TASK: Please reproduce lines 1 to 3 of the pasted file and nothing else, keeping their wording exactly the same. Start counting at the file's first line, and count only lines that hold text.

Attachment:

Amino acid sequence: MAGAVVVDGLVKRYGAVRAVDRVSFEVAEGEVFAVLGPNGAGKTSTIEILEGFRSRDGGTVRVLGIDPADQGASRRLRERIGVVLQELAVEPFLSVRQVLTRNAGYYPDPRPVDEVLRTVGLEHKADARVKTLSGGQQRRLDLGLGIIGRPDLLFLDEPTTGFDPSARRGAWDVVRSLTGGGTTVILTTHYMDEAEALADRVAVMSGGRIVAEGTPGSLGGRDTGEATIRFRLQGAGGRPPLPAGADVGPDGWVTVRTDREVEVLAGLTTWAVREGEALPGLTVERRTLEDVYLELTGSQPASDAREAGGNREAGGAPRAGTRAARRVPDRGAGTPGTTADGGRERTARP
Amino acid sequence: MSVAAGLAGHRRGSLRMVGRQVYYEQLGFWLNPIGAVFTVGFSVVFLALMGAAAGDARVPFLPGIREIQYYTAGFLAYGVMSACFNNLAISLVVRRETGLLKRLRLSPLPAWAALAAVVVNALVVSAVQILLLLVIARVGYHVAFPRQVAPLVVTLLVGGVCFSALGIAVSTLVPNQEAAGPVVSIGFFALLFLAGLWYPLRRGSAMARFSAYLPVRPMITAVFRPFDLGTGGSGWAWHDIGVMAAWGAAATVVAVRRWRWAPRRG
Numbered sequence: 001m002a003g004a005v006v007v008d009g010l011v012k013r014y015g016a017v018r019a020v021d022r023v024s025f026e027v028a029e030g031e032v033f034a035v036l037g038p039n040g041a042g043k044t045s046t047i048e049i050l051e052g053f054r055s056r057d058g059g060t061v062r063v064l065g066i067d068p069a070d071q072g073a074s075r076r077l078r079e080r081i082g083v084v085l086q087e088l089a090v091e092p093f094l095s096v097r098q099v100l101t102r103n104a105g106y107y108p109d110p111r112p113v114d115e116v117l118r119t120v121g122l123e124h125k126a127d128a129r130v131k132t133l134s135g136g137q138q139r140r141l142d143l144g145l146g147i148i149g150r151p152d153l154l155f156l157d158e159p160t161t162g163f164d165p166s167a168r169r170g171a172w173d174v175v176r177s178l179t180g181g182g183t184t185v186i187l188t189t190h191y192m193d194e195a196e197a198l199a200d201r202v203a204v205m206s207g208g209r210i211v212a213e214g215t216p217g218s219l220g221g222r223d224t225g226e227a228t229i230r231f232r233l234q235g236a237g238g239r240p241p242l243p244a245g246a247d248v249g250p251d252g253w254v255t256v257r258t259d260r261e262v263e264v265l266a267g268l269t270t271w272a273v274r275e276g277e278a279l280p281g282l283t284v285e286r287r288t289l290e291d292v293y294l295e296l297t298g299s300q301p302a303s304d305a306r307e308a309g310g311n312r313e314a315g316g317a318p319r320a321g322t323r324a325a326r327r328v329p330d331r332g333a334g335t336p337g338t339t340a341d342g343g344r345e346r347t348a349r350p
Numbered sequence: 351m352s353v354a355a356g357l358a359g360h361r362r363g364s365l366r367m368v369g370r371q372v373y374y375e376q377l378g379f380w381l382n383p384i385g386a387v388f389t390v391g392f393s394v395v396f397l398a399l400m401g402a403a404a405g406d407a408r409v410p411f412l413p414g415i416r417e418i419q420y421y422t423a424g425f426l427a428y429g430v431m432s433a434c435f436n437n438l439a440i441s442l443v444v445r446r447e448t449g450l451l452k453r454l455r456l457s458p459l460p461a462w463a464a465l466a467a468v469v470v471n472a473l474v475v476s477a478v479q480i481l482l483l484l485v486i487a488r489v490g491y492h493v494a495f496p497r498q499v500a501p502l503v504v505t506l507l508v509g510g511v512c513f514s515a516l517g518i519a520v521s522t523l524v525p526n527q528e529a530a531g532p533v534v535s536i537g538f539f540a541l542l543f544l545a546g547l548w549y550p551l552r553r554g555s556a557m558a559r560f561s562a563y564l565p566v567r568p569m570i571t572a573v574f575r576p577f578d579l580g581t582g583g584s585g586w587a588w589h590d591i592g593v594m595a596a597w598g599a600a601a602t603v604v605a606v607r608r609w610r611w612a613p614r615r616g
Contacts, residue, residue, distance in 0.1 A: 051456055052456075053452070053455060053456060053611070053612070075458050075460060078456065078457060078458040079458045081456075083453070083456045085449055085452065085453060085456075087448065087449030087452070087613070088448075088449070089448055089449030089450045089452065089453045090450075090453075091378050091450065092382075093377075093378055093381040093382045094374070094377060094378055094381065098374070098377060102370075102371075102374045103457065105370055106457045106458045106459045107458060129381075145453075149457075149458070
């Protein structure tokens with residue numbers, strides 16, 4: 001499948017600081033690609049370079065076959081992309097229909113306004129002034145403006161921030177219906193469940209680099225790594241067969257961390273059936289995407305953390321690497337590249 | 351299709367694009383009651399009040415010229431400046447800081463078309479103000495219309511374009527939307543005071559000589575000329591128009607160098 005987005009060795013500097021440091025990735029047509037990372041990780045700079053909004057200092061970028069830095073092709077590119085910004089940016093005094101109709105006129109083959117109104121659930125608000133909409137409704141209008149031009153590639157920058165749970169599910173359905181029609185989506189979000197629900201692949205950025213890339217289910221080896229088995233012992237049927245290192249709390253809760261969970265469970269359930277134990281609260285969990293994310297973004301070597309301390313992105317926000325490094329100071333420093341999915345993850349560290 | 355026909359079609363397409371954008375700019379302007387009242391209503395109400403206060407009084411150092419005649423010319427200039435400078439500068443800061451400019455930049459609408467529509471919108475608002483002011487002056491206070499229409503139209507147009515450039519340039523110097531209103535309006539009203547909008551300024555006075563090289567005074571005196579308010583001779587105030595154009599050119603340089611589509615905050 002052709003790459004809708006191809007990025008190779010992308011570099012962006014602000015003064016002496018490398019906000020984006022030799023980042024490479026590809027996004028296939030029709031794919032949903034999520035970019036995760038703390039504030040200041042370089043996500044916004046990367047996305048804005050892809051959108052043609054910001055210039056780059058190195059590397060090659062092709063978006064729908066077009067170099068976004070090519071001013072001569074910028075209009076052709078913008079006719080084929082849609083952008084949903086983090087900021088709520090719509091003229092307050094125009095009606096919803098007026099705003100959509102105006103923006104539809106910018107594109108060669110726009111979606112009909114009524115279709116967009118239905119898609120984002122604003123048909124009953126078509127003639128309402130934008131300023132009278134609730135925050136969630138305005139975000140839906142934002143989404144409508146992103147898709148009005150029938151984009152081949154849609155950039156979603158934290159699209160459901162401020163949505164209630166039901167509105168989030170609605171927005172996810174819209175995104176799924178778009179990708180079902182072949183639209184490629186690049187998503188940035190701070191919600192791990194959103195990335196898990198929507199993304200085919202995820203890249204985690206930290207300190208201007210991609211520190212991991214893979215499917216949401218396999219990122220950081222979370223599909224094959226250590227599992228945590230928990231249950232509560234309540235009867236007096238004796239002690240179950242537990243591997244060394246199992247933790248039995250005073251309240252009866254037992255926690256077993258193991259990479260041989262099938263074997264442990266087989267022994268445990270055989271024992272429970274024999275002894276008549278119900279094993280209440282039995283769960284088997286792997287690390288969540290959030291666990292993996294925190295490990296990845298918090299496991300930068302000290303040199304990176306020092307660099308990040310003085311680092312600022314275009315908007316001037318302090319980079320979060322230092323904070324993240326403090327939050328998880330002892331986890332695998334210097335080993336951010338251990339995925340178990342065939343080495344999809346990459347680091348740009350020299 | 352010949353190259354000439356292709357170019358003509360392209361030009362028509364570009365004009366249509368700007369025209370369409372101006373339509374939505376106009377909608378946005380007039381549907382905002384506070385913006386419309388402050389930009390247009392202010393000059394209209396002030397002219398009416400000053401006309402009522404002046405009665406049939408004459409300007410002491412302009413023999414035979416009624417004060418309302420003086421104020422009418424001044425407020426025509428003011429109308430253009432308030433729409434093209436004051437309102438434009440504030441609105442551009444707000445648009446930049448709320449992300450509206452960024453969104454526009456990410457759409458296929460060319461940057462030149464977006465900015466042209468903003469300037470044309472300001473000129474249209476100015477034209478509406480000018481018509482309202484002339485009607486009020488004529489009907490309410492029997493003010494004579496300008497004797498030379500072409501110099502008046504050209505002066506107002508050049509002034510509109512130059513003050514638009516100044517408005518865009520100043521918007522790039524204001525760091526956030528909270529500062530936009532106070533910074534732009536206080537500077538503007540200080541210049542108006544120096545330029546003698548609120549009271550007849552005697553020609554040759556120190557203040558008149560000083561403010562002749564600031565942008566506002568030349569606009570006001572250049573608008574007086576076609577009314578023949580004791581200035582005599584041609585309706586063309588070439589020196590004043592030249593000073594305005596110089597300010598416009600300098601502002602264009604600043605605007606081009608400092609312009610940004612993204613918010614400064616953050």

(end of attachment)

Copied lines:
Amino acid sequence: MAGAVVVDGLVKRYGAVRAVDRVSFEVAEGEVFAVLGPNGAGKTSTIEILEGFRSRDGGTVRVLGIDPADQGASRRLRERIGVVLQELAVEPFLSVRQVLTRNAGYYPDPRPVDEVLRTVGLEHKADARVKTLSGGQQRRLDLGLGIIGRPDLLFLDEPTTGFDPSARRGAWDVVRSLTGGGTTVILTTHYMDEAEALADRVAVMSGGRIVAEGTPGSLGGRDTGEATIRFRLQGAGGRPPLPAGADVGPDGWVTVRTDREVEVLAGLTTWAVREGEALPGLTVERRTLEDVYLELTGSQPASDAREAGGNREAGGAPRAGTRAARRVPDRGAGTPGTTADGGRERTARP
Amino acid sequence: MSVAAGLAGHRRGSLRMVGRQVYYEQLGFWLNPIGAVFTVGFSVVFLALMGAAAGDARVPFLPGIREIQYYTAGFLAYGVMSACFNNLAISLVVRRETGLLKRLRLSPLPAWAALAAVVVNALVVSAVQILLLLVIARVGYHVAFPRQVAPLVVTLLVGGVCFSALGIAVSTLVPNQEAAGPVVSIGFFALLFLAGLWYPLRRGSAMARFSAYLPVRPMITAVFRPFDLGTGGSGWAWHDIGVMAAWGAAATVVAVRRWRWAPRRG
Numbered sequence: 001m002a003g004a005v006v007v008d009g010l011v012k013r014y015g016a017v018r019a020v021d022r023v024s025f026e027v028a029e030g031e032v033f034a035v036l037g038p039n040g041a042g043k044t045s046t047i048e049i050l051e052g053f054r055s056r057d058g059g060t061v062r063v064l065g066i067d068p069a070d071q072g073a074s075r076r077l078r079e080r081i082g083v084v085l086q087e088l089a090v091e092p093f094l095s096v097r098q099v100l101t102r103n104a105g106y107y108p109d110p111r112p113v114d115e116v117l118r119t120v121g122l123e124h125k126a127d128a129r130v131k132t133l134s135g136g137q138q139r140r141l142d143l144g145l146g147i148i149g150r151p152d153l154l155f156l157d158e159p160t161t162g163f164d165p166s167a168r169r170g171a172w173d174v175v176r177s178l179t180g181g182g183t184t185v186i187l188t189t190h191y192m193d194e195a196e197a198l199a200d201r202v203a204v205m206s207g208g209r210i211v212a213e214g215t216p217g218s219l220g221g222r223d224t225g226e227a228t229i230r231f232r233l234q235g236a237g238g239r240p241p242l243p244a245g246a247d248v249g250p251d252g253w254v255t256v257r258t259d260r261e262v263e264v265l266a267g268l269t270t271w272a273v274r275e276g277e278a279l280p281g282l283t284v285e286r287r288t289l290e291d292v293y294l295e296l297t298g299s300q301p302a303s304d305a306r307e308a309g310g311n312r313e314a315g316g317a318p319r320a321g322t323r324a325a326r327r328v329p330d331r332g333a334g335t336p337g338t339t340a341d342g343g344r345e346r347t348a349r350p